US 3062669 A
Abstract available in
Claims available in
Description (OCR text may contain errors)
United States Patent O 3,062,669 LIGHT WEIGHT AERATED CONCRETE Sidney Dilnot, Langley, Bucks, England (36 Upton Court Road, Slough, Bucls, England) Filed Jan. 28, 1957, Ser. No. 636,632 6 Claims. (Cl. 106-87) This invention relates to aerated calcium silicate hydrate products and to a process for manufacturing such products. This application is a continuation-in-part of my copending application, Serial No. 331,745, filed January 16, 1953, now abandoned, and of my co-pending applications, Serial No. 409,967, filed February 12, 1954, now abandoned, and Serial No. 409,792, filed February 12, 1954.
It is well known that finely divided, calcareous and siliceous raw materials combine in the presence of water in an autoclave to produce strong calcium siiicate hydrate products, the reaction being usually carried out at temperatures of the order of 3004l00 F. The chemical reaction between the calcareous and siliceous materials is essentially a surface reaction, taking place primarily at the surface of the siliceous components to produce calcium silicate hydrate, which bonds the larger siliceous particles together. By using a small amount of water in making the slurry, as in the manufacture of sand-lime bricks, a dense article is produced. It has been proposed to produce low density articles by using a large excess of water in making the slurry. In such method, the water acts as a spacer, and after autoclaving the slurry and drying, the article produced is traversed by a network of microscopic or capillary veins.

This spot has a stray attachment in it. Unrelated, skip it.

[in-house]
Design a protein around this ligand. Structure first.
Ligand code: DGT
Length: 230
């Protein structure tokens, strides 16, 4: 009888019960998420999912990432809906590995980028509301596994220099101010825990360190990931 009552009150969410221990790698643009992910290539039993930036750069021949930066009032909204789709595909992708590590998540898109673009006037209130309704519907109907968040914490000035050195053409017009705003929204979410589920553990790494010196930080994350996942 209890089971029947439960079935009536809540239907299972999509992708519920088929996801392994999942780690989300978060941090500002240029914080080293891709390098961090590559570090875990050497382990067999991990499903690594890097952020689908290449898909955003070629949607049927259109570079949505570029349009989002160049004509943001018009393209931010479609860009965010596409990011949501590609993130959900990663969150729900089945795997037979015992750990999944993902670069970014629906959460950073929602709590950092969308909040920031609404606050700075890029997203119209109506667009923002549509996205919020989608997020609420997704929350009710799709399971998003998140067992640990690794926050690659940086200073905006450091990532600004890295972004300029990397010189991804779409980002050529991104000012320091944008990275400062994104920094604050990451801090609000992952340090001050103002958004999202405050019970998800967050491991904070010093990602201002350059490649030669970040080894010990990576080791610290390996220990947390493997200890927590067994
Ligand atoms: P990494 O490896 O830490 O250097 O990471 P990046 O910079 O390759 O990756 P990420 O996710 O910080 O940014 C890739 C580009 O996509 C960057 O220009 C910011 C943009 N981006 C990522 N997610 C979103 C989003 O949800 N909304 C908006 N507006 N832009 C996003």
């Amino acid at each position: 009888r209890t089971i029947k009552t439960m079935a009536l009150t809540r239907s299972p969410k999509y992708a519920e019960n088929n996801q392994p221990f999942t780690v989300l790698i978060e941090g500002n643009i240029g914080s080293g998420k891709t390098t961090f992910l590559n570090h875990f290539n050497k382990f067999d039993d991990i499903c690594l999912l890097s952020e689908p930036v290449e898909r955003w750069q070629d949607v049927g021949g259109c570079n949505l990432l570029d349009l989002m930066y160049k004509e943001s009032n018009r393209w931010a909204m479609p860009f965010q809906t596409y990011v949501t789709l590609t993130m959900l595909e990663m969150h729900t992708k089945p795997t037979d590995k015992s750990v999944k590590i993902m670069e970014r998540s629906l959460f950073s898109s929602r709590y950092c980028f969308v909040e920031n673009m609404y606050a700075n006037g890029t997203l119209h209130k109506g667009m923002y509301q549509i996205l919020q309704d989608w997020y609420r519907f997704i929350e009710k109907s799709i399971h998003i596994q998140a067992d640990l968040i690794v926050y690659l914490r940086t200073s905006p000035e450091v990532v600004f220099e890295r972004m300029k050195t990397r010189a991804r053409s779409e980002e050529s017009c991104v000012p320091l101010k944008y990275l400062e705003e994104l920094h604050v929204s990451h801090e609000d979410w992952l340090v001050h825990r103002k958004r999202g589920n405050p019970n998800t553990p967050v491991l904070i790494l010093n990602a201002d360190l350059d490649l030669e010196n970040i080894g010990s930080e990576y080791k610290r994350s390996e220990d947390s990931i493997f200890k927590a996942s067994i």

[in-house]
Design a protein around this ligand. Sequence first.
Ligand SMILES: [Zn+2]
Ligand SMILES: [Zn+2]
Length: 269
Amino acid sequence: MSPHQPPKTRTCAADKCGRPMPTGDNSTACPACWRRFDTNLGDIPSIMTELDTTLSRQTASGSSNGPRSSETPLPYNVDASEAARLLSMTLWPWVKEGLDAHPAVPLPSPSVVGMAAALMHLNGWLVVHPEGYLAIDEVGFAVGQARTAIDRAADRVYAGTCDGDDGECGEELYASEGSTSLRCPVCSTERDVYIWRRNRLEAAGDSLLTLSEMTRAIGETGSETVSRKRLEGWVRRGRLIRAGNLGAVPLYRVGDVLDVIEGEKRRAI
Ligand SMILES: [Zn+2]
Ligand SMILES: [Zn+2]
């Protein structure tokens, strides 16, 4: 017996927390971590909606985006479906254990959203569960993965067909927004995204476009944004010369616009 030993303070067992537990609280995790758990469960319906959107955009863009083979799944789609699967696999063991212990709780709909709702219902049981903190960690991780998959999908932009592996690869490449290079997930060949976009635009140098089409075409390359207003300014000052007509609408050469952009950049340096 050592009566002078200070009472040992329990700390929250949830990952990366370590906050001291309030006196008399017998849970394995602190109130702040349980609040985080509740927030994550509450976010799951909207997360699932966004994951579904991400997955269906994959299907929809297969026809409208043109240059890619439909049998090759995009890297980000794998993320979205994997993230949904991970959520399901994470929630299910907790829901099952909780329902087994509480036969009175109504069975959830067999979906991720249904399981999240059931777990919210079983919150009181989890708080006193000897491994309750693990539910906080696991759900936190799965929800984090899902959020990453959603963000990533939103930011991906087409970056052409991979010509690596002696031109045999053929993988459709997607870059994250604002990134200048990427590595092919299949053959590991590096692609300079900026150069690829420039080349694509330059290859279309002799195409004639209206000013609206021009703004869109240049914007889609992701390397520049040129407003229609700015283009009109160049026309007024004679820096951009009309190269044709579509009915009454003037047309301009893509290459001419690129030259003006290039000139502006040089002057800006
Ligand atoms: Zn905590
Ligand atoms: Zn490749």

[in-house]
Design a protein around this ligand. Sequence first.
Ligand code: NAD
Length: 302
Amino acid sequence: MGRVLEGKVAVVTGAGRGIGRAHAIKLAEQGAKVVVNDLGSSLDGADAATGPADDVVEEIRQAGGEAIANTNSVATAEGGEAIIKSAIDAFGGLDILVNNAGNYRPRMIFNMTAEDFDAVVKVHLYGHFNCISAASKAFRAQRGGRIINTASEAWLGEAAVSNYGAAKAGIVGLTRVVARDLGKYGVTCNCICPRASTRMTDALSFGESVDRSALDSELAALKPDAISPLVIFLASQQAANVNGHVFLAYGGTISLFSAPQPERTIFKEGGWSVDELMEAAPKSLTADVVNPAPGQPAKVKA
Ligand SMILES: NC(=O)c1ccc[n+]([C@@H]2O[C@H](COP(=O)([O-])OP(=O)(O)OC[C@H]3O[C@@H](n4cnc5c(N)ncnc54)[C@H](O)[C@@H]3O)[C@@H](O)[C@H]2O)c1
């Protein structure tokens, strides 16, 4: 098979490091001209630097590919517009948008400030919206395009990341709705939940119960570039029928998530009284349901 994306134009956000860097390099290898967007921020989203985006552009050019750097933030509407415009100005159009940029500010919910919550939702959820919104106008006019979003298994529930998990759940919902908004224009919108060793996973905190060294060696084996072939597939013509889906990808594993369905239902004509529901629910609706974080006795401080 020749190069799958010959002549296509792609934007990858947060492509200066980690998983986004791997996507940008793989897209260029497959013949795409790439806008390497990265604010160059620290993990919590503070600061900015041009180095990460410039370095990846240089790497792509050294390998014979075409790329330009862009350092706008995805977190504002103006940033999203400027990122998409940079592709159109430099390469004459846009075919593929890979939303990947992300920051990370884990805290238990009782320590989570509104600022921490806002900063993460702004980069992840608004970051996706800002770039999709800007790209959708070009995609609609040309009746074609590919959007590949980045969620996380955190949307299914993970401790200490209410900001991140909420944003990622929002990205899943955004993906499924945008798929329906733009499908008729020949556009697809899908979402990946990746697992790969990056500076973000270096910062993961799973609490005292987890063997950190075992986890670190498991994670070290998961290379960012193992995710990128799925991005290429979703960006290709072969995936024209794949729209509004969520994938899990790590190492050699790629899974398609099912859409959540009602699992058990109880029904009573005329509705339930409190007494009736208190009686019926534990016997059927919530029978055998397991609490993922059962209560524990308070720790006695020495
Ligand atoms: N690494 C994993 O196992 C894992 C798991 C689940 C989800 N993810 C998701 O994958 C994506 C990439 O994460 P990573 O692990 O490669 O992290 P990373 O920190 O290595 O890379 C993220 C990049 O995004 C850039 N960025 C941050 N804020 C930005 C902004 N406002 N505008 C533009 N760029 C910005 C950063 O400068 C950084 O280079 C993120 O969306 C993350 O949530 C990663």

There are a number of disadvantages in this low density product and its process of manufacture. The capillary veins render the product moisture absorbent, and the product has a large coeicient of moisture expansion. Also, it is necessary to incorporate into the slurry stabilizers or thickeners to prevent settling or stratification of the ngredients, and such stabilizers adversely affect the properties of the final product. Further, the cost of drying is increased by reason of the large amount of uncombined water present in the autoclaved product.
lt is an object of the present invention to produce calcium silicate hydrate bodies which exhibit good heat insulation in the atmospheric temperature range, and have relatively high rupture strength, and high compressive strength, and have low apparent density on the order of about 15 to 40 pounds per cubic foot.
A further object is the provision of low density calcium silicate hydrate bodies which exhibit good heat insulation in the atmospheric temperature range, are relatively fireproof, have relatively low water absorption, and are free from planes of weakness.
Other objects will be apparent from the following specification. The products of this invention are selfsustaining bodies of a dense calcium silicate hydrate matrix having distributed therein macroscopic spherical voids, and fibers at a distribution density of about .25 to pounds per cubic foot of the body, the bodies having an apparent density on a dry basis of between about l5 to 40 pounds per cubic foot. The bodies are rigid, lire resistant, have a high resistance to absorption of water Mice and water vapor, a high thermal-insulating effectiveness, and freedom from cracks and planes of weakness. The lower density products, for example, about 15 to 30 pounds per cubic foot, may be used where they are not subject to severe mechanical stress, and the higher density products, for example, 30 to 40 pounds per cubic foot, can be used as structural or load bearing members.
The transverse strength of the product varies with the fiber content -up to a maximum at about 4 to 5 pounds per cubic foot of product. Thus, for a typical product having a density of 31.5 pounds per cubic foot and a fiber content of less than one pound per cubic foot, the transverse strength varies from about 100 pounds per square inch for a fiber content of less than one pound per cubic foot, to about 450 pounds per square inch for a fiber content of about 21/2 pounds per cubic foot, and to about 550 pounds per square inch with a fiber content of about 4 pounds per cubic foot. The preferred fiber content is between about one to 21/2 pounds per cubic foot. The comprehensive strength may increase slightly with increase in fiber content.